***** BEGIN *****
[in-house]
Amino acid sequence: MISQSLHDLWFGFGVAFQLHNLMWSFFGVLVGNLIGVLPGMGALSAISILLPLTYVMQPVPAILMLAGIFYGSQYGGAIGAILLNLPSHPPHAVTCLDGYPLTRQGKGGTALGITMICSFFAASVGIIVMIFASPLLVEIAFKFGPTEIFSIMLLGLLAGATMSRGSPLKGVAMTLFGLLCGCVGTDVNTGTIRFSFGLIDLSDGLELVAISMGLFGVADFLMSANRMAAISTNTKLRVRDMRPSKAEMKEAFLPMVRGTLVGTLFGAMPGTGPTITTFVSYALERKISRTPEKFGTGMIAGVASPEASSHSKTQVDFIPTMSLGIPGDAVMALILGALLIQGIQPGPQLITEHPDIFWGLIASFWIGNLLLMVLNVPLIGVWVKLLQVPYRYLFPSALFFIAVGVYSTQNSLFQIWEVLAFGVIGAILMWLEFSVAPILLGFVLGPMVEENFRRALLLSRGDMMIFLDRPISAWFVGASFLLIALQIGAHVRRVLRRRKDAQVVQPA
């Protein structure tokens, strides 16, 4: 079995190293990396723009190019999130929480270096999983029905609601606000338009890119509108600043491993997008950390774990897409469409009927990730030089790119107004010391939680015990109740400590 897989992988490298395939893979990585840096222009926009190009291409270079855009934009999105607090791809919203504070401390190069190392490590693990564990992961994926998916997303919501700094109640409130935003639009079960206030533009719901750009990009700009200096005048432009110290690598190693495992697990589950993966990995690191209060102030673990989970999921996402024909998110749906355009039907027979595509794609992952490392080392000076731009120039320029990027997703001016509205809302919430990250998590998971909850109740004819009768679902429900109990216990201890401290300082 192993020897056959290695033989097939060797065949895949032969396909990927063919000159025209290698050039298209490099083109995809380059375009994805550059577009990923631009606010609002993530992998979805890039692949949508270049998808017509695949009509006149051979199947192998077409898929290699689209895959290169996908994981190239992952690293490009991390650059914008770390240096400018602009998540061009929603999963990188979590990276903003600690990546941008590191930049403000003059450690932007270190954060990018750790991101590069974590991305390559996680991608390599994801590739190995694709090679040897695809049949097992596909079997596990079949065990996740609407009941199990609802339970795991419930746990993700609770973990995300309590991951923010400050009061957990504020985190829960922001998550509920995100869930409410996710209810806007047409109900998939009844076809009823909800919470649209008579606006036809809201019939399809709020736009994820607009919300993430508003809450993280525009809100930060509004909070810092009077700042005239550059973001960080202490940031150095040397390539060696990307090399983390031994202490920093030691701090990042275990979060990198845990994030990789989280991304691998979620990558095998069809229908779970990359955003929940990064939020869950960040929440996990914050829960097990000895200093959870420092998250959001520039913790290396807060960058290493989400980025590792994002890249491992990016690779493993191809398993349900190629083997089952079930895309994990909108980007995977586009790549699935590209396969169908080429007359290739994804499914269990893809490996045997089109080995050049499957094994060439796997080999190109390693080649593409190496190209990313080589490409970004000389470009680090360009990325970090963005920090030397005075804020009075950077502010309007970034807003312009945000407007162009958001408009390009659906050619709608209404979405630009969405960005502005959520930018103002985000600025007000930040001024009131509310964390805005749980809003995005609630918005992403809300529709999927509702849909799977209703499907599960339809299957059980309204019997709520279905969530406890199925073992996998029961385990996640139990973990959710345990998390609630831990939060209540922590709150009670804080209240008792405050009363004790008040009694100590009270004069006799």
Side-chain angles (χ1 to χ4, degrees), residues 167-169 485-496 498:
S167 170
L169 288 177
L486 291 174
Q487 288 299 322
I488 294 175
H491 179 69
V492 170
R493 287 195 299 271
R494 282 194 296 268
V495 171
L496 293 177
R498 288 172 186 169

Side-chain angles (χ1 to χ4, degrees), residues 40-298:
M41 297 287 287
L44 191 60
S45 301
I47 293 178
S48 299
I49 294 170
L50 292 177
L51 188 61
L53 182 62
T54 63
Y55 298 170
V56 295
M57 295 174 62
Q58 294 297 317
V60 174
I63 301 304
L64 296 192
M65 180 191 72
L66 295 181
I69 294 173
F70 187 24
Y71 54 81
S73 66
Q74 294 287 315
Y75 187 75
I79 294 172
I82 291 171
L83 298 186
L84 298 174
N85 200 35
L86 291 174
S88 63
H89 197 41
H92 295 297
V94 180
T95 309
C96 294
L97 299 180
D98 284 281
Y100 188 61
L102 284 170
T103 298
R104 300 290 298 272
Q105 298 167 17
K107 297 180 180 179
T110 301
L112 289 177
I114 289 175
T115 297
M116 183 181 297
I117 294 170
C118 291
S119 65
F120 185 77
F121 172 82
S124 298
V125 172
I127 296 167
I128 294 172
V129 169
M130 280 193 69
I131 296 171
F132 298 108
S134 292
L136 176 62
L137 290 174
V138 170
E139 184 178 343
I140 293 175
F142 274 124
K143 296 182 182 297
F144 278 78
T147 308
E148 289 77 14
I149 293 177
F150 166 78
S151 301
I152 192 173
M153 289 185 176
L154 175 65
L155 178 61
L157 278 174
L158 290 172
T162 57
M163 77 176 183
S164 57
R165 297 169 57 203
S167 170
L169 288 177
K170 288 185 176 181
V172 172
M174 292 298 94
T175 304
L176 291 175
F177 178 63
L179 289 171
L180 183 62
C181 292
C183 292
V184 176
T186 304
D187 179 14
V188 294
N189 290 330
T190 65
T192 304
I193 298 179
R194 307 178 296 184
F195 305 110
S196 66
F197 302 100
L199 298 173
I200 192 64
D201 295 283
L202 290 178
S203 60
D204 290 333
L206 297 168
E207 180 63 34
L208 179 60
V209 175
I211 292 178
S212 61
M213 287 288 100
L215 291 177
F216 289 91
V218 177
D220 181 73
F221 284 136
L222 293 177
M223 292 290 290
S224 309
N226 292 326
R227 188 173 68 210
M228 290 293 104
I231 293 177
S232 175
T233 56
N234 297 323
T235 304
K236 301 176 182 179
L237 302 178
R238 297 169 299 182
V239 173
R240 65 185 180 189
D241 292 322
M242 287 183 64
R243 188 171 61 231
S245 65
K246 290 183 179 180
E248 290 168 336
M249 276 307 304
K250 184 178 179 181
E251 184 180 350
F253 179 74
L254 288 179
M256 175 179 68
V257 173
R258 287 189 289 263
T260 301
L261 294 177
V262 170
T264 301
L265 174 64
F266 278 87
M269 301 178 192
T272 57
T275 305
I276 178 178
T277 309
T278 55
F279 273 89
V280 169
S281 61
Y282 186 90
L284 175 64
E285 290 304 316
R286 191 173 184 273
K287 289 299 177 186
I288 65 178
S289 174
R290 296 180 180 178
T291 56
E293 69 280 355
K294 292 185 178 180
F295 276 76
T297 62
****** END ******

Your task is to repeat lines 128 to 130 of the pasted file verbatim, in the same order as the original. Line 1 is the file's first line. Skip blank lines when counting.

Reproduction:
F197 302 100
L199 298 173
I200 192 64